Other notable individual accomplishments
Heisman finalists
• • • • • • • • • • • • Jim Sears, HB/S (7th in 1952) Jon Arnett, HB (10th in 1956) O.J. Simpson, TB (2nd in 1967) Anthony Davis, TB (2nd in 1974) Ricky Bell, TB (3rd in 1975 and 2nd in 1976) Charles White, TB (4th in 1978) Paul McDonald, QB (6th in 1979) Rodney Peete, QB (2nd in 1988) Keyshawn Johnson, WR (7th in 1995) Matt Leinart, QB (6th in 2003 and 3rd in 2005) Mike Williams, WR (8th in 2003) Reggie Bush, TB (5th in 2004)

College Football Hall of Fame inductees
• Howard Jones, Head Coach (1951) • Morley Drury, B (1954) • Mel Hein, Assistant Coach (1954) • Harry Smith, G (1955) • Erny Pinckert, B (1957) • Aaron Rosenberg, G (1966) • Ernie Smith, T (1970) • Dan McMillan, T (1971) • Mort Kaer, B (1972) • Mike McKeever, G (1987) • Ron Yary, T (1987) • John McKay, Head Coach (1988) • Paul Cleary, E (1989) • Mike McGee, Athletic Director (1990) • Lynn Swann, FL (1993) • Marvin Powell, T (1994) • Charles White, TB (1996) • Ricky Hunley, Assistant Coach (1997)

Notable former players
Trojans in the NFL
USC has had more 1st Round NFL Draft picks (71)[30] than any other team. 162 Trojans have been selected to the NFL Pro Bowl, a Trojan has played in all but two Super Bowls.

Pro Football Hall of Fame inductees
• Frank Gifford, HB (1977) • Ron Mix, OT (1979)

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• • • • • • • • • Morris ’Red’ Badgro, E (1981) O.J. Simpson, RB (1985) Willie Wood, DB (1989) Anthony Muñoz, OT (1998) Ronnie Lott, DB (2000) Lynn Swann, WR (2001) Ron Yary, OT (2001) Marcus Allen, RB (2003) Bruce Matthews,OT,OG,C (2007)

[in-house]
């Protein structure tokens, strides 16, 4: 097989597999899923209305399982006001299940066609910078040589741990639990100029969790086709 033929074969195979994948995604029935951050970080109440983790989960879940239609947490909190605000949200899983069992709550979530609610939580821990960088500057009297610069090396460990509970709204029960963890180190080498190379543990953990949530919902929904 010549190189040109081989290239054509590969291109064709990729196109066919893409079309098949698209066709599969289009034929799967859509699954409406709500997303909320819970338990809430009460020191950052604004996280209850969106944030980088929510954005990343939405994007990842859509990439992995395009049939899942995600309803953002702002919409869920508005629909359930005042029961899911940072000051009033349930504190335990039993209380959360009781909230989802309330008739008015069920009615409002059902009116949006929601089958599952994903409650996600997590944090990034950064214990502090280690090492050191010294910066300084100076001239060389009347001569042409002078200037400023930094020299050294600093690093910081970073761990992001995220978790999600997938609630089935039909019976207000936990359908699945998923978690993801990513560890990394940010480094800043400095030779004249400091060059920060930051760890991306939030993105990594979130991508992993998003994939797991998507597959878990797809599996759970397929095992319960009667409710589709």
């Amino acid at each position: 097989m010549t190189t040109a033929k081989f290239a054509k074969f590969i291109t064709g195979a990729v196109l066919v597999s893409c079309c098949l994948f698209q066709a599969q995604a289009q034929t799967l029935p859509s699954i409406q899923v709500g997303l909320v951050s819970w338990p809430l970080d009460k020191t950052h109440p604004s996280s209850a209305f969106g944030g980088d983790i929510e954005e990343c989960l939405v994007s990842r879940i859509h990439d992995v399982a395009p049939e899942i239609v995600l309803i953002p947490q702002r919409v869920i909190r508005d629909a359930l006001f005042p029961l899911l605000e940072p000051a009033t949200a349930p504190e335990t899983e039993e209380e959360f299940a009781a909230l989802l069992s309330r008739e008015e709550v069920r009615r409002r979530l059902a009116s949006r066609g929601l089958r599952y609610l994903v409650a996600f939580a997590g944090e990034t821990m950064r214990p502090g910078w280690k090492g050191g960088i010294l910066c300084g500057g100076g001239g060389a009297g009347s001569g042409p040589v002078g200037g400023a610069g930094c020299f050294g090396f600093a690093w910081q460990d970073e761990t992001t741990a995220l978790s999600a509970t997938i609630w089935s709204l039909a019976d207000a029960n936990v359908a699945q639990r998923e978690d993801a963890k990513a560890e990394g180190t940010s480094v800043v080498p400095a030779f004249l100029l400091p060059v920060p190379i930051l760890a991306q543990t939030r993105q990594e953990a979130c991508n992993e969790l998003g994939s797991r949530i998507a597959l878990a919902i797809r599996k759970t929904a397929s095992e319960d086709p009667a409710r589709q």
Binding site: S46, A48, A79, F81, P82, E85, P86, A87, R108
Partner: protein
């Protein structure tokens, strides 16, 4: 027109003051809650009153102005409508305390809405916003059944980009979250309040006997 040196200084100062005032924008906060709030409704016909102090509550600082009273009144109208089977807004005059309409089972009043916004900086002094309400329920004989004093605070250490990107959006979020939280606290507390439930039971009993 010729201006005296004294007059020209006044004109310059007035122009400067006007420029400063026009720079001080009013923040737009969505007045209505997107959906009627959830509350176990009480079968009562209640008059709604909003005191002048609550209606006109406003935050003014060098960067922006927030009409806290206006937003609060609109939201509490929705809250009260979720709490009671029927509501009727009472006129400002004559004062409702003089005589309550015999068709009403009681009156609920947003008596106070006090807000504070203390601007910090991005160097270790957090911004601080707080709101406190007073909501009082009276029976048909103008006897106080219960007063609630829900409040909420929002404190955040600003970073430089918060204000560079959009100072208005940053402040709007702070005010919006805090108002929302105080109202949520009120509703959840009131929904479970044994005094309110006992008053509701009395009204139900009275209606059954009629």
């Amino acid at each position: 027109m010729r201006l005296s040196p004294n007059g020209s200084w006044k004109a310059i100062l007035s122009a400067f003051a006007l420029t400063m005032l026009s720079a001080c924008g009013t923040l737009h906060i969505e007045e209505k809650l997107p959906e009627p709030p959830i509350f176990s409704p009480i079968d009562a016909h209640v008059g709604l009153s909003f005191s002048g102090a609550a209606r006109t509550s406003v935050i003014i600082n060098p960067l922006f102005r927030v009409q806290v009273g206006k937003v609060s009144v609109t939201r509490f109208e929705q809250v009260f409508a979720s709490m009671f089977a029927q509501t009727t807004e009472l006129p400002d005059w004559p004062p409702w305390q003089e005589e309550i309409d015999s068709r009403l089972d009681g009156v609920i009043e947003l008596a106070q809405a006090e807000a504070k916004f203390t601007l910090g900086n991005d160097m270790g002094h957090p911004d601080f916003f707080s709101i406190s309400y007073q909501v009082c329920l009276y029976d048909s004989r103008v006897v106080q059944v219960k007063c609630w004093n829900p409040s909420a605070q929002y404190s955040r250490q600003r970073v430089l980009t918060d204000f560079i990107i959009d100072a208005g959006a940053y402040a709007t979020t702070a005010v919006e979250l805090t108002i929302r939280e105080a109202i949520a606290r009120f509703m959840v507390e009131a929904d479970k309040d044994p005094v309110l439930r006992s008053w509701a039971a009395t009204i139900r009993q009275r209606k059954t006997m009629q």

USC Trojans football
Jacksonville Jaguars • LenDale White, RB - Tennessee Titans • Thomas Williams, LB - Jacksonville Jaguars

Current players
• Sam Baker, OT Atlanta Falcons • John David Booty, QB - Minnesota Vikings • Reggie Bush, RB New Orleans Saints • Matt Cassel, QB Kansas City Chiefs • Shaun Cody, DT Detroit Lions • Keary Colbert, WR - Detroit Lions • Fred Davis, TE Washington Redskins • Sedrick Ellis, DT New Orleans Saints • Justin Fargas, RB Oakland Raiders • Lawrence Jackson, DE - Seattle Seahawks • Dwayne Jarrett, WR - Carolina Panthers • Winston Justice, OT - Philadelphia Eagles • Ryan Kalil, C Carolina Panthers • Norm Katnik, C Minnesota Vikings • Brian Kelly, CB Tampa Bay Buccaneers • Sammy Knight, S New York Giants • Matt Leinart, QB Arizona Cardinals • Deuce Lutui, OG Arizona Cardinals • Willie McGinest, LB - Cleveland Browns • Billy Miller, TE New Orleans Saints • Carson Palmer, QB - Cincinnati Bengals • Mike Patterson, DT - Philadelphia Eagles • LaJuan Ramsey, DT - Tennessee Titans • Troy Polamalu, S Pittsburgh Steelers • Chilo Rachal, OG San Francisco 49ers • Drew Radovich, OT - Minnesota Vikings • Keith Rivers, MLB - Cincinnati Bengals • Frostee Rucker, DE - Cincinnati Bengals • Steve Smith, WR New York Giants • Lofa Tatupu, LB Seattle Seahawks • Terrell Thomas, CB - New York Giants • Kenechi Udeze, DE - Minnesota Vikings • Chauncey Washington, RB -

Coaches
• Jeff Fisher, CB (head coach of the Tennessee Titans) • Jack Del Rio, LB (head coach of the Jacksonville Jaguars) • Mike Holmgren, QB (former head coach, Seattle Seahawks, Green Bay Packers, Super Bowl XXXI Champions) • Sam Anno, LB (USC assistant coach) • Rocky Seto, LB (USC assistant coach) • Hudson Houck, OL (offensive line coach of the Miami Dolphins) • Jim Fassel, QB (former head coach, New York Giants, Super Bowl; former offensive coordinator of the Baltimore Ravens) • Kennedy Pola, RB (running backs coach of the Jacksonville Jaguars)

Broadcasters
• Frank Gifford, RB (former Monday Night Football commentator) • Pat Haden, QB (NBC color commentator for Notre Dame games) • Sean Salisbury, QB (former ESPN NFL analyst) • Paul McDonald, QB (color commentator for USC games) • Lynn Swann, WR (ABC Sports commentator; ran unsuccessfully for Governor of Pennsylvania) • Petros Papadakis, RB (FSN commentator) • John Jackson, WR (FSN commentator) • Jason Sehorn, DB (In 2005, Sehorn joined Fox Sports Net, and is currently a panelist on their Sunday NFL pregame show) • Bob Chandler, WR (Los Angeles Raiders broadcast team) • Rodney Peete, QB (panelist on FSN’s Best Damn Sports Show Period!)

Actors
• John Wayne, OL (Hollywood movie star from the 1920s through the 1970s) • Ward Bond, T (Hollywood actor from the 1920s through the 1950s)

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• Aaron Rosenberg, T (Hollywood director of Mutiny on the Bounty)

USC Trojans football